You have to take care of the coffee grinding yourself—and you can pay as much again for the grinder as for an espresso machine, so shop around—but you have a professional dual-spout portafilter with two removable baskets (one for single shots, one for double) to fill and tamp (tamper included). A correct fill and tamp pressure are critical to good espresso, and developing your technique is part of the artistry this machine allows. You also control the brew time, helped by an instant shut-off. I’m obsessive enough to have charted my variables, clocking the “pull” (20 to 25 seconds is optimal), pursuing my preference for very strong coffee.

The Pannarello wand at the end of the steam boiler travels a much wider range of motion than most, handy for frothing milk in a bulky mug, but the unit ships with an eight-ounce stainless steel pitcher for that purpose.

Your espresso cup should be preheated, so both machines give you warming spaces at the top. Instructions are easy to follow—the KitchenAid maker even has its own DVD—and either one of these units will make it very difficult to go back to plain old coffee again.

Click here for a list of recently reviewed restaurants.


Nicole’s Bistro (Clinton & Broadway, Albany) celebrates its 23rd anniversary with a special dinner at 6 PM on Friday, Nov 16. A champagne reception kicks things off, then enjoy halibut and sole dumplings in a lobster cognac sauce, arugula and endive salad, and a Trio of Veal entrée, each course paired with an appropriate wine. And there’s dessert! Music is performed by Ed Clifford. Tickets to the perception are $80 per person plus tax and gratuity. Call 465-1111. . . . Travel to Italy by way of the Adirondacks when Milano North and the Courtyard by Marriott host a getaway weekend in Lake Placid Nov 9-11. The two-night stay includes a wine reception Friday, two breakfasts, and a five-course Italian wine dinner on Saturday featuring the wines of the Feudi di San Gregorio Estate, a winery in southern Italy’s Campania region. Export manager Robin Shay will to introduce the wines at the dinner. Prices are $550 per couple, $395 per single, taxes and gratuities included; there also are seats available for the wine dinner only ($75 per person). Call 523-2900 for the weekend, 523-3003 for the dinner only. . . . Liz and Jerry Lavalley, owners of Manchester, Vt.’s Reluctant Panther (which includes an excellent restaurant reviewed here a few months back) were recently named Innkeepers of the Year by Governor Douglas. . . . Remember to pass your scraps to Metroland.

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Have you eaten at any recently reviewed restaurants? Agree or disagree with B.A.? Let us know what you think...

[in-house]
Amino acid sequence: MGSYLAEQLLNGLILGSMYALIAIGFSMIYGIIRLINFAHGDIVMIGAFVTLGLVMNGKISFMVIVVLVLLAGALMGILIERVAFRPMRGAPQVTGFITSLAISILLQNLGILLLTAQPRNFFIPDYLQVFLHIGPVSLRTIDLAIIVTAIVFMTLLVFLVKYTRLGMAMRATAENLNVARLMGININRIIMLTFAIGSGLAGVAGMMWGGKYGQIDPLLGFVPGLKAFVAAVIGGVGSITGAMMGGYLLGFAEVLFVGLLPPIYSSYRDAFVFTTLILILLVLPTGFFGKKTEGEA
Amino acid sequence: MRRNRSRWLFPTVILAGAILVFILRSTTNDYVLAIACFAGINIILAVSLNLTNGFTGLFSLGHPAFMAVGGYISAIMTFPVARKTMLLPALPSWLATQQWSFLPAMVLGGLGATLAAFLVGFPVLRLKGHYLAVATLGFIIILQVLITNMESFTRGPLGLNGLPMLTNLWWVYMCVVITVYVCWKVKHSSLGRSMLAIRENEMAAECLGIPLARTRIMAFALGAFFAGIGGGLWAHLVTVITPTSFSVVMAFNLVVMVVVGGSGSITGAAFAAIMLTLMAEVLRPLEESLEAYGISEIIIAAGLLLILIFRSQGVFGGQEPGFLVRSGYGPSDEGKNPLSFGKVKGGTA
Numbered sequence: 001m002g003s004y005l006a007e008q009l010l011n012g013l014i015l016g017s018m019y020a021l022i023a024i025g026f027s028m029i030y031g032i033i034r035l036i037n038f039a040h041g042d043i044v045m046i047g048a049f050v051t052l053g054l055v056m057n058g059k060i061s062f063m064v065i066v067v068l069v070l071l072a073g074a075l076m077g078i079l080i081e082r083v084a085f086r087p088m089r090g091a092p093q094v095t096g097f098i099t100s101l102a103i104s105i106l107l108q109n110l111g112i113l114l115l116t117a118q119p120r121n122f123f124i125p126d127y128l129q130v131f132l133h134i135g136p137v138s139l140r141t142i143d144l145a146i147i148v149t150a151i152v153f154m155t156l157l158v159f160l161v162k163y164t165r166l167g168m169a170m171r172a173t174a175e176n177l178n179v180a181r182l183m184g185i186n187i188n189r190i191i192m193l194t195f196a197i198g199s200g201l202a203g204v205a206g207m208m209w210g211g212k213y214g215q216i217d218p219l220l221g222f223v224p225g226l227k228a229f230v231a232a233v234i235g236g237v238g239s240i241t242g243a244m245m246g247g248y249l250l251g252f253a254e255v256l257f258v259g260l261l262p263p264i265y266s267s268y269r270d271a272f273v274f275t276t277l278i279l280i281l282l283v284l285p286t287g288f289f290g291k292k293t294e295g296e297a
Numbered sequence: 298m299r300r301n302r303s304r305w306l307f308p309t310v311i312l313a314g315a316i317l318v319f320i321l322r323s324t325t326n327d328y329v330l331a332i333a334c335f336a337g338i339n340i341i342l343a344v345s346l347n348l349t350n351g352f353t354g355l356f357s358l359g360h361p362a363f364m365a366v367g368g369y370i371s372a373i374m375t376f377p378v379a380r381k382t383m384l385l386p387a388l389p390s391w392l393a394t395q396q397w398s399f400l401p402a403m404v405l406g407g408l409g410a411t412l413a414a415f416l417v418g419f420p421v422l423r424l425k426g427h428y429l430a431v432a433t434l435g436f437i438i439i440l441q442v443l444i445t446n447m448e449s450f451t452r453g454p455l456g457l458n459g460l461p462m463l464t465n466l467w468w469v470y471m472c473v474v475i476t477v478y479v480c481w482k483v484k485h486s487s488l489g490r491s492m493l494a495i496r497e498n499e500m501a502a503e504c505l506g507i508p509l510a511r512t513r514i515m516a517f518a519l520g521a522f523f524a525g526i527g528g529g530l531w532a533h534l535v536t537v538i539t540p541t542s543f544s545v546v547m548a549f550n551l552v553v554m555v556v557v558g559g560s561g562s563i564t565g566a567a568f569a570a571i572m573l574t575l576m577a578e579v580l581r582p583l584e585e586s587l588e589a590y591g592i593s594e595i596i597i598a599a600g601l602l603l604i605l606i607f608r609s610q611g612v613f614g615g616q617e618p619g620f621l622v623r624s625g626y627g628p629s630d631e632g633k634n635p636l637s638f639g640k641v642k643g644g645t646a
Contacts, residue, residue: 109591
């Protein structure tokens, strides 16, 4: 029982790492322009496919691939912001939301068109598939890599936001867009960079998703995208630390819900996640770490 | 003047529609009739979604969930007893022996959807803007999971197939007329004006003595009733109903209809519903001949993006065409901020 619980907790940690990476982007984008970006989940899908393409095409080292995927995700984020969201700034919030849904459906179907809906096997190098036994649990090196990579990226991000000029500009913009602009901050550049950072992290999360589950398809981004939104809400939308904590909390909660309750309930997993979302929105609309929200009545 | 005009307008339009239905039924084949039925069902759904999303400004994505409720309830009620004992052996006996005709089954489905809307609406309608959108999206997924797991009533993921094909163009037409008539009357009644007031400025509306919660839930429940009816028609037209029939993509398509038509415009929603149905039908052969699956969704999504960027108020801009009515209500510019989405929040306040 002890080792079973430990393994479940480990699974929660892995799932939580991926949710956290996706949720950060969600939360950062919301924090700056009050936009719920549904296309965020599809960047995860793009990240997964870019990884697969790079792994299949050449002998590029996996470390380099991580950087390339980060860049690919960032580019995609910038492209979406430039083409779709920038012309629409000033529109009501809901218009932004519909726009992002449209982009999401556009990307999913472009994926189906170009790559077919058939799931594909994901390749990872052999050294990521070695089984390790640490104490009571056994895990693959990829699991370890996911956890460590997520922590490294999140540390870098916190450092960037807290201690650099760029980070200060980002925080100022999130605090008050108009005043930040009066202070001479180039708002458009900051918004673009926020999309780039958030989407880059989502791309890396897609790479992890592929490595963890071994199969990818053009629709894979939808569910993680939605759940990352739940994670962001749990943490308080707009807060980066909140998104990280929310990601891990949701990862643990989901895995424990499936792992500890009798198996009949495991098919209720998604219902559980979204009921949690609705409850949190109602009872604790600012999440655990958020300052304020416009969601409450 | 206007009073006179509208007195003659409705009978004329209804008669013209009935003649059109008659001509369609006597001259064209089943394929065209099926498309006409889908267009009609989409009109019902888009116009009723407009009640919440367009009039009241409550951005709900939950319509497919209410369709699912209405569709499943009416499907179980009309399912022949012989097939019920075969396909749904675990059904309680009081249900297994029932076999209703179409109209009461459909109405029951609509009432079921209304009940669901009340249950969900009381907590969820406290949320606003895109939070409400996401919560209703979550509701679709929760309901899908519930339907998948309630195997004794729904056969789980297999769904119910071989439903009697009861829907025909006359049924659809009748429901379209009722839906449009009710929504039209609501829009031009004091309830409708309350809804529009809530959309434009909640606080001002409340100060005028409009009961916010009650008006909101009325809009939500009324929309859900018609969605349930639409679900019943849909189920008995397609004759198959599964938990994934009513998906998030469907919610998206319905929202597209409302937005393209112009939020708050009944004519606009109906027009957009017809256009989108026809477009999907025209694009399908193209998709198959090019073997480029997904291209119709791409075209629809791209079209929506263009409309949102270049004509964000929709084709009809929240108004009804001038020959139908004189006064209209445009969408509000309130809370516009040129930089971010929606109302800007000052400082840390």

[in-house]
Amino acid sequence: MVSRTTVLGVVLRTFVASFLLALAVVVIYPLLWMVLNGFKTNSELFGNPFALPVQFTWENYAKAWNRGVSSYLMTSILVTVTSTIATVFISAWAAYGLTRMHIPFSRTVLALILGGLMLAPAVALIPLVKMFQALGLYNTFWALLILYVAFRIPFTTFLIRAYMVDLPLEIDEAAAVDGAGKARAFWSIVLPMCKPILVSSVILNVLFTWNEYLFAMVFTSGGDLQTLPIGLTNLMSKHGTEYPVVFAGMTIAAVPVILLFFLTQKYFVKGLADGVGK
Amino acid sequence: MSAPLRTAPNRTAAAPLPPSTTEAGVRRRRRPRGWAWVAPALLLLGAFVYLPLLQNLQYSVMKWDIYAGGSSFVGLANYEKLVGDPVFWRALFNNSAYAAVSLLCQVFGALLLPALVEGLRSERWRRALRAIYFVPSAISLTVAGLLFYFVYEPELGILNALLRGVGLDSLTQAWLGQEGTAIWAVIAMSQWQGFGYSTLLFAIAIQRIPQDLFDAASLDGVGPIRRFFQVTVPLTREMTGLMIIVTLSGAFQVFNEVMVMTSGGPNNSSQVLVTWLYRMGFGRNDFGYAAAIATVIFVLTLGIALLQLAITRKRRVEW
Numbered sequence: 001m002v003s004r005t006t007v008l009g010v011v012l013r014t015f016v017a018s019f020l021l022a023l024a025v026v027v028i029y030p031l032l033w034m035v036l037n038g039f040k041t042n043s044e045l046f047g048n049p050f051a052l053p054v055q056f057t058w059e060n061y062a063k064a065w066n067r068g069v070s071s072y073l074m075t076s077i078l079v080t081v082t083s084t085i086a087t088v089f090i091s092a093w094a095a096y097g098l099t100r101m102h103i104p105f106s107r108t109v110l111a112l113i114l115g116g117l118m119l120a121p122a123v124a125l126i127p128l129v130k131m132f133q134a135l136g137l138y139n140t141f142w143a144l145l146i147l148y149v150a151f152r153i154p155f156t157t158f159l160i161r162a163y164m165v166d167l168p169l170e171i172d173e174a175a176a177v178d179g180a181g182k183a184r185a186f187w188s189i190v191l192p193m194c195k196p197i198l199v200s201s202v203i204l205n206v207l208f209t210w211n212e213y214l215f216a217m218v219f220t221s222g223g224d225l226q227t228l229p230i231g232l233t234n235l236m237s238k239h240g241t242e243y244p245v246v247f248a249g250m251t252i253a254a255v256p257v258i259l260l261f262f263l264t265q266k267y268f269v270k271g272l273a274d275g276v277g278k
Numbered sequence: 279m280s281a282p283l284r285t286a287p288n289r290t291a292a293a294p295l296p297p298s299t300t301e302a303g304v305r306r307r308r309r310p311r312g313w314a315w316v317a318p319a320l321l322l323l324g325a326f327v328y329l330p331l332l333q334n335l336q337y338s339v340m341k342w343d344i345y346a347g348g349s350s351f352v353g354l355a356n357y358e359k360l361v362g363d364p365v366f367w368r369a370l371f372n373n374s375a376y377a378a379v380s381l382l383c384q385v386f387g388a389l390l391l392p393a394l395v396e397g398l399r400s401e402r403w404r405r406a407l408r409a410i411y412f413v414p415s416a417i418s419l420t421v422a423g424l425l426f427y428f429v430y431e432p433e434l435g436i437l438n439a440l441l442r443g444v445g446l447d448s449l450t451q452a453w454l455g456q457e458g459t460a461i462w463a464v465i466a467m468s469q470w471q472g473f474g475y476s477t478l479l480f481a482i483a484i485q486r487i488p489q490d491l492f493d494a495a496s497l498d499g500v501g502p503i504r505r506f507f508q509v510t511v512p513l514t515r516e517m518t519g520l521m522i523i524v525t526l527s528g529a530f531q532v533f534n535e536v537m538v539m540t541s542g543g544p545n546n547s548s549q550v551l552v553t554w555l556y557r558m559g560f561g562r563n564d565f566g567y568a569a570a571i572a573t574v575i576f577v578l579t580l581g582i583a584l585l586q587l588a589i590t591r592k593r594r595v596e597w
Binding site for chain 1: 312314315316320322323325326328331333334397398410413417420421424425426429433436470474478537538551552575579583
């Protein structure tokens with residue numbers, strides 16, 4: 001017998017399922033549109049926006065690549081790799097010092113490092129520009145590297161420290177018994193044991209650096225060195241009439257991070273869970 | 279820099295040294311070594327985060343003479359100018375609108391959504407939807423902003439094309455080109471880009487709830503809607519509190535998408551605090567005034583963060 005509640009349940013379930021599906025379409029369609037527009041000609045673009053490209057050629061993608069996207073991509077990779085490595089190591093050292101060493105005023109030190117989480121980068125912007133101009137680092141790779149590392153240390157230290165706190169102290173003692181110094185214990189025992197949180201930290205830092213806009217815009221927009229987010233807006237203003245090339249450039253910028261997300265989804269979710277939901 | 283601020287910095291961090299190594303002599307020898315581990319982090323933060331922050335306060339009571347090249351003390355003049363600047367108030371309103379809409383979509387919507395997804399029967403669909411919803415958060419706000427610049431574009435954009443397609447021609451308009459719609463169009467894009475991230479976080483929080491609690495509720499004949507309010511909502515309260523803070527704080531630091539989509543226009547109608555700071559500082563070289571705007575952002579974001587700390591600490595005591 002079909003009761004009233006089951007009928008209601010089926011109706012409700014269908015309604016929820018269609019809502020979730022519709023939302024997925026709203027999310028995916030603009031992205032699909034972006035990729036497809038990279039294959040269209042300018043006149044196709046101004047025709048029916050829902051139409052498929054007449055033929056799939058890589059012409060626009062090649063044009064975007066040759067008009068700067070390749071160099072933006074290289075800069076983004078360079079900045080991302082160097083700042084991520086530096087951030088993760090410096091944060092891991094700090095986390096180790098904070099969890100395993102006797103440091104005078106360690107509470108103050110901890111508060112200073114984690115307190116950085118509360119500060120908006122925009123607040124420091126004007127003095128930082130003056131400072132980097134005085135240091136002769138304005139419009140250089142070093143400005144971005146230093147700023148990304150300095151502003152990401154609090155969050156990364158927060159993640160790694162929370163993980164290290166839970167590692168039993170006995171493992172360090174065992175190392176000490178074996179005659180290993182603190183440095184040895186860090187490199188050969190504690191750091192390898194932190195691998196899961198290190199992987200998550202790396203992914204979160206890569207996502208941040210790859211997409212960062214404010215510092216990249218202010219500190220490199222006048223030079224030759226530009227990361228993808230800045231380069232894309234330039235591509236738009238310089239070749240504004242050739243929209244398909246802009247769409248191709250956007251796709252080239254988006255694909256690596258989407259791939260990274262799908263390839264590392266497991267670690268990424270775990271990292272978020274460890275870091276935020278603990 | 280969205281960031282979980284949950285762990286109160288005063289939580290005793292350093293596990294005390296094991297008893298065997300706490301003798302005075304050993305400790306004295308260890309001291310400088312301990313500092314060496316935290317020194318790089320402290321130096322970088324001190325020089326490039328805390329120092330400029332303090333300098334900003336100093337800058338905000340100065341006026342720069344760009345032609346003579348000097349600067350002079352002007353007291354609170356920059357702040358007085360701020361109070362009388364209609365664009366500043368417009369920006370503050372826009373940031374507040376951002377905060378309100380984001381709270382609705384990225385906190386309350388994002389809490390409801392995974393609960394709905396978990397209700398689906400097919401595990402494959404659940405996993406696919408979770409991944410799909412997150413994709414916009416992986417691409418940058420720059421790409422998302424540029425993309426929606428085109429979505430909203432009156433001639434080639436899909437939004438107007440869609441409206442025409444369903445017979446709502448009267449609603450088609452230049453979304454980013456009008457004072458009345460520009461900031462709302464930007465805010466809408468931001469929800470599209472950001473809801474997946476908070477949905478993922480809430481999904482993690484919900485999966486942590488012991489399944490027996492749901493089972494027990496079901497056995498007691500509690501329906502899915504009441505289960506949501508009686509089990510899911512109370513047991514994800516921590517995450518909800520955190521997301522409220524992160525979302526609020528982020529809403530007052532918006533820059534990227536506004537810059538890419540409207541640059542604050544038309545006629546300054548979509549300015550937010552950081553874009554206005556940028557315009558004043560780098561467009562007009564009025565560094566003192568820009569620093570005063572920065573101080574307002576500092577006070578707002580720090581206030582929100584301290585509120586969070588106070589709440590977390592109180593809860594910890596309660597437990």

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What you're saying...

I very much enjoyed eating dinner at Daniel's at Ogdens. You review described my dining experience perfectly. This wasn't the case with Pancho's. I much prefer Garcia's or Lake View Tavern for Mexican fare. I agree that a restaurant can have an off night so I'll give the second unit on Central Avenue a try.

Mary Kurtz

First, yes I miss the star ratings, bring it back. Second, I haven't had a chance to visit Poncho's yet, but I especially like reading the reviews.

Pat Russo
East Greenbush

I would travel to Amsterdam to this restaurant - it's not that far away. People traveled from all over to eat at Ferrandi's in Amsterdam. From his background, I'm sure the chef's sauce is excellent and that is the most important aspect of an Italian restaurant. Sometimes your reviewer wastes words on the negative aspects of a restaurant. I'm looking forward to trying this restaurant - I look forward to Metroland every Thursday especially for the restaurant review. And by the way Ferrandi's closed its Amsterdam location and is opening a new bistro on Saratoga Lake - Should be up and running in May. It will be called Saratoga Lake Bistro. It should be great!

Peggy Van Deloo

So happy to see you finally made out!! Our experiences have always been wonderful, the staff is extremely professional, the food subperb, and the atmosphere very warm and comfortable. Let us not forget to mention "Maria" the pianist on Friday and Saturday nights.

Charlie and Marie
Michaels Restaurant

I have been to Michael's several times and each time I have enjoyed it very much. The food is delicious and the staff is great. Also, Maria Riccio Bryce plays piano there every Friday and Saturday evening, a nice touch to add to the already wonderful atmosphere. It is also easy to find, exit 27 off the thruway to 30 north for about 5 miles.

N. Moore


Elaine Snowdon

We loved it and will definitely go back.

Rosemarie Rafferty

Absolutely excellent. The quality and the flavor far surpasses that of other Indian restaurants in the area. I was a die-hard Shalimar fan and Tandoor Palace won my heart. It blows Ghandi out of the water. FInally a decent place in Albany where you can get a good dinner for less than $10 and not have tacos. The outdoor seating is also festive.

Brady G'sell

Indian is my favorite cuisine available in the area--I loved Tandoor Palace. We all agreed that the tandoori chicken was superior to other local restaraunts, and we also tried the ka-chori based on that intriguing description-delicious.

Kizzi Casale

Your comments about the Indian / Pakistani restaurants being as "standardized as McDonald's" shows either that you have eaten at only a few Indian / Pakistani restaurants or that you have some prejudices to work out. That the physical appearances are not what you would consider fancy dancy has no bearing on the food. And after all, that is what the main focus of the reviews should be. Not the physical appearances, which is what most of your reviews concentrate on.
A restaurant like The Shalimar, down on Central Avenue, may not look the greatest, but the food is excellent there. And the menu has lots of variety - beef, lamb, vegetarian, chicken, and more..

Barry Uznitsky